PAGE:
I will not get into all of this now in detail, but one thing I do know – the situation is complicated, fractious, and getting worse. While I can fully understand the viewpoint of those who say that the U.S-imposed post-war constitution, which forbids the use of any militaristic action by Japan except in pure self-defense, is perhaps outdated, given the shifting power balances in the Asia-Pacific region, and deprives the country of the basic right to run its own military (not to mention the indignity of having to still rely on American army to defend them, seventy years after the end of the war), simultaneously, the absolute, almost triumphalist lack of remorse relating to the World War II actions of Japan and the bulldozing over the sensibilities of countries that were affected by Japan’s imperialist aggressions in the time since, make the re-militarizing of the country an issue that many people in Asia, and in Japan, feel understandably very passionate about. It is a major potential shift in policy. For many Japanese, the fact that this country is the only one to have ever experienced the annihilating force of not one, but two atomic bombs (the Nagasaki Atomic Bomb Museum was an edifying but traumatic experience I would not like to repeat, I must say), but, then, successfully rebuilt itself into a peaceful, vibrant, safe and successful society, is something to be very proud of, a peace that feels threatened by Abe’s undeniably nationalist provocations.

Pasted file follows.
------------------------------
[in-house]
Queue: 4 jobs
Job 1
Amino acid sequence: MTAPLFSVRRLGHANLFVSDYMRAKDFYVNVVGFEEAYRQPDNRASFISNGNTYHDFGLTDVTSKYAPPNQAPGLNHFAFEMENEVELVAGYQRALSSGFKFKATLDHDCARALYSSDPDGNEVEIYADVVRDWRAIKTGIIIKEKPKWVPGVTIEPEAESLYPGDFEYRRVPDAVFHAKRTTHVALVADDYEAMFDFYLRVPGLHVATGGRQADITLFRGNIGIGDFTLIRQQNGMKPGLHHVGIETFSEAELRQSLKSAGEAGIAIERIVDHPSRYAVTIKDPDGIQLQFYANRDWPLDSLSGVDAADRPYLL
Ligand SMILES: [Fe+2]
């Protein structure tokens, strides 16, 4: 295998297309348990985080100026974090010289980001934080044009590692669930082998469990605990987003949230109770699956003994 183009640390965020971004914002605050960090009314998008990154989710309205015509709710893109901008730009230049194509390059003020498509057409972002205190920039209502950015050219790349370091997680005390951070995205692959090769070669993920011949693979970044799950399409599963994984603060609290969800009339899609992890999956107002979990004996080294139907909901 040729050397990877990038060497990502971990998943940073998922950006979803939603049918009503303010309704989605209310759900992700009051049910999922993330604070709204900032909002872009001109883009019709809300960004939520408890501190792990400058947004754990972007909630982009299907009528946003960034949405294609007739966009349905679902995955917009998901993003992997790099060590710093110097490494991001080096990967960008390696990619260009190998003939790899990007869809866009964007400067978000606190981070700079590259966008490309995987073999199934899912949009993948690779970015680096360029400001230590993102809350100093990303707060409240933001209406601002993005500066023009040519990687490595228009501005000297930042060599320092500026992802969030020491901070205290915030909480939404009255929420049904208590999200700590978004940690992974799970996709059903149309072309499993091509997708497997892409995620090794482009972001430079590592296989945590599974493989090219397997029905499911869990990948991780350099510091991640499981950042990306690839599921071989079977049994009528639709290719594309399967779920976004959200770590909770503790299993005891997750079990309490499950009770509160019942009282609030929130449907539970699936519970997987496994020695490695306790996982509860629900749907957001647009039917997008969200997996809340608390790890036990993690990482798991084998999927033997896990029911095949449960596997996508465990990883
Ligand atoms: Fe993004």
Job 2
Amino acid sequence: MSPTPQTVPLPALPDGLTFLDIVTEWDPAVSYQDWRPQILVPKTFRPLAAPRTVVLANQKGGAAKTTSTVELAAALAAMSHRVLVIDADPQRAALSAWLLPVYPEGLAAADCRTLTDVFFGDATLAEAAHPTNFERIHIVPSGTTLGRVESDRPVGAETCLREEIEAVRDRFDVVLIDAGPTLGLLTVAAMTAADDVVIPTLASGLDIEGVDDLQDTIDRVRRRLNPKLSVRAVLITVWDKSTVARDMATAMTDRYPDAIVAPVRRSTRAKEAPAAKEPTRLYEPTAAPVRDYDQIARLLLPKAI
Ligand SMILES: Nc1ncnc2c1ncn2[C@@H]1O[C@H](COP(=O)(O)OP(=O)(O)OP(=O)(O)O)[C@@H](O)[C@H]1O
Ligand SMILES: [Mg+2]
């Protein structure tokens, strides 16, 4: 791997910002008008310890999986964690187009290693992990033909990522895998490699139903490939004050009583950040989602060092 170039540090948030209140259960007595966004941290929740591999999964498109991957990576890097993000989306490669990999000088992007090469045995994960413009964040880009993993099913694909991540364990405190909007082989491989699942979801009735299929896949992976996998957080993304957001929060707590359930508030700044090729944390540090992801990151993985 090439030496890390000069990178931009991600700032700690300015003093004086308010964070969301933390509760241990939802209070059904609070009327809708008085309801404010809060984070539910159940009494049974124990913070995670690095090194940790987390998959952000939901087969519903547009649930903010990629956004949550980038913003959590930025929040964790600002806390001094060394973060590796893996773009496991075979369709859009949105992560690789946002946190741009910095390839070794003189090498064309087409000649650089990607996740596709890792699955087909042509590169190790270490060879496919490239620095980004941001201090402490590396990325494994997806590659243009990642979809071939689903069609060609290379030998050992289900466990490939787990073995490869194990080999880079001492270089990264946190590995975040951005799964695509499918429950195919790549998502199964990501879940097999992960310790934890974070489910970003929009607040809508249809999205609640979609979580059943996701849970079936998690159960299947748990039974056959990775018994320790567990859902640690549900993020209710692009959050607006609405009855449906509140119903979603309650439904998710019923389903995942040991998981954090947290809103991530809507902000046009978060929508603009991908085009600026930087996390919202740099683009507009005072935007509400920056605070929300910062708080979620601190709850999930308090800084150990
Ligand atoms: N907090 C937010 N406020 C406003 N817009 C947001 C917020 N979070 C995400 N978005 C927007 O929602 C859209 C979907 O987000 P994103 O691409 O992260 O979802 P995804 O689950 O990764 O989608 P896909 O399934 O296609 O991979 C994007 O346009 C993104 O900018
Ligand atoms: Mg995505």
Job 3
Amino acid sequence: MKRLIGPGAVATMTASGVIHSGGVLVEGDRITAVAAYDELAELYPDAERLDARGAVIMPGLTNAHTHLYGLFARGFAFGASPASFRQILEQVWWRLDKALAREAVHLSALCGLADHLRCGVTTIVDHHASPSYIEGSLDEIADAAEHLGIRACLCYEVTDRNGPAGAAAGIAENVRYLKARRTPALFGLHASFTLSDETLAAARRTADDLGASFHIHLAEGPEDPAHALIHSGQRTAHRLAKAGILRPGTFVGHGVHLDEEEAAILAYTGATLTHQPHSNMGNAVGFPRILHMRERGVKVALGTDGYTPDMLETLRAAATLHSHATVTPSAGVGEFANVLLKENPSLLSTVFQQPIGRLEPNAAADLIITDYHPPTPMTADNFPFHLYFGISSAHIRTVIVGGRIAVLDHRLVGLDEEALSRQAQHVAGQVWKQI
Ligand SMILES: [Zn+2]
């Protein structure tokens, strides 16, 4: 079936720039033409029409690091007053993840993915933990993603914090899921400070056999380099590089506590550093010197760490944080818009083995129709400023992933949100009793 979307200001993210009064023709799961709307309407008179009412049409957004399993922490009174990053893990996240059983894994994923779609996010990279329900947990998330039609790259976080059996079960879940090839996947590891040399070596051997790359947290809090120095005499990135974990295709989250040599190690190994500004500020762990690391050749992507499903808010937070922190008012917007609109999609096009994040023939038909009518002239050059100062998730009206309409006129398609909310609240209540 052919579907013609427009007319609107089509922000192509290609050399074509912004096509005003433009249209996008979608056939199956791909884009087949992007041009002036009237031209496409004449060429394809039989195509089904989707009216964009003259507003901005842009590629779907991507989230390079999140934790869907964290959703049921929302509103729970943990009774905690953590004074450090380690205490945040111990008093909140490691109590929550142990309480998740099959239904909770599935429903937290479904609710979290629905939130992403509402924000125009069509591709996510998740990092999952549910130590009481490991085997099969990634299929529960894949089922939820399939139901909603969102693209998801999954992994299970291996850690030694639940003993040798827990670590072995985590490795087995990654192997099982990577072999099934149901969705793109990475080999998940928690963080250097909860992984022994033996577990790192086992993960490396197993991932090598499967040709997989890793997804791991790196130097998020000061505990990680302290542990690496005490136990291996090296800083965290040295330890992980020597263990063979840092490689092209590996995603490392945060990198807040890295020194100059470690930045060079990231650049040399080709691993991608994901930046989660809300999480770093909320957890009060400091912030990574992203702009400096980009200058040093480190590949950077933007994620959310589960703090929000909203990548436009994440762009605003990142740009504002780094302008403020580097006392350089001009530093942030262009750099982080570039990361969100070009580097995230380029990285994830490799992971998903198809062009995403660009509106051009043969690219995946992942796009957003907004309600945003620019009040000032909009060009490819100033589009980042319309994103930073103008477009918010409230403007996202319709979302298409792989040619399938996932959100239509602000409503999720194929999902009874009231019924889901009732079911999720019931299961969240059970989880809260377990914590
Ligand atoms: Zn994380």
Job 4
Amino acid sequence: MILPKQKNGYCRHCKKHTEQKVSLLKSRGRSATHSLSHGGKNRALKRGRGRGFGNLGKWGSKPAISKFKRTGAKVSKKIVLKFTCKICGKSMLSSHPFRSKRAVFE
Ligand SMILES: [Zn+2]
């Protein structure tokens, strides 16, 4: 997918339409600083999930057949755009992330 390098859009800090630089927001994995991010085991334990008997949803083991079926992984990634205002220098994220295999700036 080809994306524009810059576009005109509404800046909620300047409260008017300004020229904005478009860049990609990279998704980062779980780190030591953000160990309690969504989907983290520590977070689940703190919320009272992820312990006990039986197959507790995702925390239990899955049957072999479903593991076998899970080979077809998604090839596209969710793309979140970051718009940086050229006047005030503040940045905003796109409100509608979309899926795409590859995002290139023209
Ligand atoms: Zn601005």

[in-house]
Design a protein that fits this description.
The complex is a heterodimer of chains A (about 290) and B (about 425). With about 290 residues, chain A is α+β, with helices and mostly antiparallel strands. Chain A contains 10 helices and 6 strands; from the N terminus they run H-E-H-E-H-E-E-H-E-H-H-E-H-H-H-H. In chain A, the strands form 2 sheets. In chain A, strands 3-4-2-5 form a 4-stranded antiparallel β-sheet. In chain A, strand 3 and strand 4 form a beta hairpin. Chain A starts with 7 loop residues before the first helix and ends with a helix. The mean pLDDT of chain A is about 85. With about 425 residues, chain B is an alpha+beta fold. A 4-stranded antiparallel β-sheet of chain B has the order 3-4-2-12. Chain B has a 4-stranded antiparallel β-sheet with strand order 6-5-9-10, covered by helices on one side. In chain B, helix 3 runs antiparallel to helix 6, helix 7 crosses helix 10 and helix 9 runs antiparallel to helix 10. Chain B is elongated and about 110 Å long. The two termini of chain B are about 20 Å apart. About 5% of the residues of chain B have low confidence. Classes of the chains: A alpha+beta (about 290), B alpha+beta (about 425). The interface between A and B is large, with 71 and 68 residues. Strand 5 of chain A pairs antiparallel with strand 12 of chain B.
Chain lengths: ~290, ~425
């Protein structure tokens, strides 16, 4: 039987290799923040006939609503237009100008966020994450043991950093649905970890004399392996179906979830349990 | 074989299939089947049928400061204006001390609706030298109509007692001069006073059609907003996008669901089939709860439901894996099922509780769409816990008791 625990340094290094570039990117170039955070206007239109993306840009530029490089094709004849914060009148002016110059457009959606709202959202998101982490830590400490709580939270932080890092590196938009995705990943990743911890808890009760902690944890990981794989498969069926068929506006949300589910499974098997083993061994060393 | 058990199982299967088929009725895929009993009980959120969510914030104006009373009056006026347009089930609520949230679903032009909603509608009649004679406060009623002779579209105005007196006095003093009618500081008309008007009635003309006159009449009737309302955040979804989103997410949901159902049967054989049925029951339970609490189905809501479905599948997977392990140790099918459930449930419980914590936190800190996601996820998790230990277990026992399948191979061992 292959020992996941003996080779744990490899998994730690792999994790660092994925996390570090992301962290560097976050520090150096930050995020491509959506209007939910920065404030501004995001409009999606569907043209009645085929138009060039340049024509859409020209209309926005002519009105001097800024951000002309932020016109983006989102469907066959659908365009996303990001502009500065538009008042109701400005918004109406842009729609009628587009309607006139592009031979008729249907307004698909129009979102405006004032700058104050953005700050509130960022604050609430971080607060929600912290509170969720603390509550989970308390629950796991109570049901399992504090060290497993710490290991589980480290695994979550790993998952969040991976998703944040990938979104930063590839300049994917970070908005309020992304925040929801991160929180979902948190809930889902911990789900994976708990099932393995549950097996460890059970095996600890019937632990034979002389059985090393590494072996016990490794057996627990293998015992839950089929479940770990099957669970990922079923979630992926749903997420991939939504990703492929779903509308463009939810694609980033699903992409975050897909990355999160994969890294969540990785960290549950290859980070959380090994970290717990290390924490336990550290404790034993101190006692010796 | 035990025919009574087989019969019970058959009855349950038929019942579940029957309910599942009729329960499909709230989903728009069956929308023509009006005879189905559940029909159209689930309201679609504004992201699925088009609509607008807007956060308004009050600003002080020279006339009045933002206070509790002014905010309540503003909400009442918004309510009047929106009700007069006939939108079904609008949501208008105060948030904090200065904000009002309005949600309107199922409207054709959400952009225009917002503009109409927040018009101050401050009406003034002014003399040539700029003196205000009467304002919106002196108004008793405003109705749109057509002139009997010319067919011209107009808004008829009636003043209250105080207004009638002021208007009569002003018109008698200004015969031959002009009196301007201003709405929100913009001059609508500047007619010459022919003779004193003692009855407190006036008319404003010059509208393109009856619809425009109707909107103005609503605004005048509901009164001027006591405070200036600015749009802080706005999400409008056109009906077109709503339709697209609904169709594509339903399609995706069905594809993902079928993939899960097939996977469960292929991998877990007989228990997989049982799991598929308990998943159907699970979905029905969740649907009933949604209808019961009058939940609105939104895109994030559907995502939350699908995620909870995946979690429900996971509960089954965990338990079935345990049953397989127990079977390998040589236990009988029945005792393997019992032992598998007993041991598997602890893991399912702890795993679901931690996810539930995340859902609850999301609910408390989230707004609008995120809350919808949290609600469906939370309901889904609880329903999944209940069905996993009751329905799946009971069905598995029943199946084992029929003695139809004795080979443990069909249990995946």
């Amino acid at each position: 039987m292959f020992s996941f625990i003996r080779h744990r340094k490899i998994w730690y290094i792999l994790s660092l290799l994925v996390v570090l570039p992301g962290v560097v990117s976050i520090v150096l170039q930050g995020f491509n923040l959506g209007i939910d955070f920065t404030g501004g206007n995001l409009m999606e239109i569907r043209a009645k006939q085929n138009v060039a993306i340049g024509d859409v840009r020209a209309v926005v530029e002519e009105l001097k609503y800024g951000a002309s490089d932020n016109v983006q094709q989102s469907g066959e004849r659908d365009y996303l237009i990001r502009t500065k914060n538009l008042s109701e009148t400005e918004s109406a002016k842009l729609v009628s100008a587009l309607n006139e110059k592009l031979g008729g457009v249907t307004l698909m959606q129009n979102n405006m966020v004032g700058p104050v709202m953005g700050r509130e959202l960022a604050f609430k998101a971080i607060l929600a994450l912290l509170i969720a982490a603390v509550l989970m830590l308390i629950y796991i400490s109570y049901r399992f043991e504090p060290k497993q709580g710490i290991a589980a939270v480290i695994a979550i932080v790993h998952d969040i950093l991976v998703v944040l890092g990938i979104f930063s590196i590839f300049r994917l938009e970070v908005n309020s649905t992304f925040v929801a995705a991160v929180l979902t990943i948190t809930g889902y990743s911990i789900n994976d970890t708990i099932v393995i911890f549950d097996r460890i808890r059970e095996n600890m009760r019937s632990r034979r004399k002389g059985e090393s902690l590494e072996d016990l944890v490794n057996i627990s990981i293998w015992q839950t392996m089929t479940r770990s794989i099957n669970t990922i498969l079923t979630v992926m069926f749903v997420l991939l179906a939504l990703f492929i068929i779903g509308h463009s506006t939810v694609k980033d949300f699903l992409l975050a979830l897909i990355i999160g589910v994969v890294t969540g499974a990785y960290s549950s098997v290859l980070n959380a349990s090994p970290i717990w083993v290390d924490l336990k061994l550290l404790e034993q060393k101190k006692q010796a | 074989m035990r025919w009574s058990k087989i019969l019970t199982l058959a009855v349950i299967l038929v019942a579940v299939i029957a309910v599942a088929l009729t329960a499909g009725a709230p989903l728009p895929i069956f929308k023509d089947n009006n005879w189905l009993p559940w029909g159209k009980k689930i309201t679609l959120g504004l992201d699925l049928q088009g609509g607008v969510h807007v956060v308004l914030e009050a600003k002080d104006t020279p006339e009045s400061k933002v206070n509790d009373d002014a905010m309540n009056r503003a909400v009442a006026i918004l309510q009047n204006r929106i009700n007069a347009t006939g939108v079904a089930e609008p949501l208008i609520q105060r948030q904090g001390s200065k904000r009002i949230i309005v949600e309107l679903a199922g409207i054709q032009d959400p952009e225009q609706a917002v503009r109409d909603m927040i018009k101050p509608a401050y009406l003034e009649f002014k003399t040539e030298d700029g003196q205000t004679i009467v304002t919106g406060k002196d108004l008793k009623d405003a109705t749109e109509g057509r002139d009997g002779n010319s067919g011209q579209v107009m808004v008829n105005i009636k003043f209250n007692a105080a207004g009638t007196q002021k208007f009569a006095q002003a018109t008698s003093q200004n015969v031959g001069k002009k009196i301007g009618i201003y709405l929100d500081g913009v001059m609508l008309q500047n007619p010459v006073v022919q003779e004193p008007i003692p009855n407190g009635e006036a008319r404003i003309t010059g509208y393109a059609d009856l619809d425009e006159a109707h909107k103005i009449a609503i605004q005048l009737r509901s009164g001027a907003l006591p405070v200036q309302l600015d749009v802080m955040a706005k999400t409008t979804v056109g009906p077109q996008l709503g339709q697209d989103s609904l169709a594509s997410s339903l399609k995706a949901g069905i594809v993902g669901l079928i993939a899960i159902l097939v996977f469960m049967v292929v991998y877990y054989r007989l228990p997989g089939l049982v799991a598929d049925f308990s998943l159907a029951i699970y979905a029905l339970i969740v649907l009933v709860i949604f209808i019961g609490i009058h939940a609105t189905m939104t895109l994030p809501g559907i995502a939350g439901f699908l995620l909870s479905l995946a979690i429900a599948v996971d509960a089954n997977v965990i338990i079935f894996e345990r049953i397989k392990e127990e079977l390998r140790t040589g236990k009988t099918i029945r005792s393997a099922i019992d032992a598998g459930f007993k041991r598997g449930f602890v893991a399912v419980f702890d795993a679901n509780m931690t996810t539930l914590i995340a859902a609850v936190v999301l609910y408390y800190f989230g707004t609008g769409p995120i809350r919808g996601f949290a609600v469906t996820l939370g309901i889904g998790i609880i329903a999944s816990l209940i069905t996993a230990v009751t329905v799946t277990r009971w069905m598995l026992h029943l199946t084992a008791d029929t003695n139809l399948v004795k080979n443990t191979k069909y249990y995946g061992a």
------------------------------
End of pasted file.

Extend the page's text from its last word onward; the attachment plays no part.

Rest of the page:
Whatever your thoughts on these issues, it was startling, on Saturday, to be shaken out of one’s anticipated drowsy, easy, shopping reverie by the sudden noise, as we came out of the station exits, of loudspeakers, angry chants, the beating of drums, and the passing by of thousands of people vehemently demanding that the constitution not be changed; comparing Abe to Hitler; campaigning for peace, and for death to the fascists. The disconnect between the materialist morphine of window-shopping, and the stark realities of the shifting nature of society (and I can feel it shifting: what is going to happen in the next few years? Could the ridiculous spats over the Senkaku/Diaoyu islands turn into actual war?) opened up some strange void in me on Saturday, I must say. I was tired from the week anyway, but the sky was bruised and swollen, and clear, yet peculiarly humid; the gathering of people together often can give rise to a certain tumult in the breast in any case, the impassioned singing of human voices together, but suddenly I really felt as if I were about to burst into tears and I had to get a hold of myself: semi-overwhelmed, some emotion just rising up as if out of nowhere, as though rather than just dreaming about the Tokyo streets in my hedonistic fashion as usual, I were ‘witnessing history’: a history I don’t want to be a witness of, and one, I sincerely pray, that is not about to be repeated.